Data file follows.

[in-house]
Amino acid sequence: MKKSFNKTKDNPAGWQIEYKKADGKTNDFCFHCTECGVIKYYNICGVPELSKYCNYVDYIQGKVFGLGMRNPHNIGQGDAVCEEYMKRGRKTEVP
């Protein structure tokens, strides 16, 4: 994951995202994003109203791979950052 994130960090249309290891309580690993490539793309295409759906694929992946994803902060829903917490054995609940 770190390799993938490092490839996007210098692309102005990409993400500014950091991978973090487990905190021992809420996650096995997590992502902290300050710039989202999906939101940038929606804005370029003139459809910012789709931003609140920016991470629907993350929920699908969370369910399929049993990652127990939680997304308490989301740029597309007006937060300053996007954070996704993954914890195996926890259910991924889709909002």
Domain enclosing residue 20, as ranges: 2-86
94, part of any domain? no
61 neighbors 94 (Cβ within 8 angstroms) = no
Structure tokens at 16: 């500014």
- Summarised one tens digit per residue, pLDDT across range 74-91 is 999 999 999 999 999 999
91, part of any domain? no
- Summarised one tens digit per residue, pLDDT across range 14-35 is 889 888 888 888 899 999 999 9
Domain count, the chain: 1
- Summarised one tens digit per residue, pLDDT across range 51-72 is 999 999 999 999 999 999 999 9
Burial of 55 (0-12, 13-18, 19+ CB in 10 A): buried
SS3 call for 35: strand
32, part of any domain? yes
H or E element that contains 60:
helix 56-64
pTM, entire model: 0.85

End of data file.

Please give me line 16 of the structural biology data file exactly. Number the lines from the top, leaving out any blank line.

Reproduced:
H or E element that contains 60: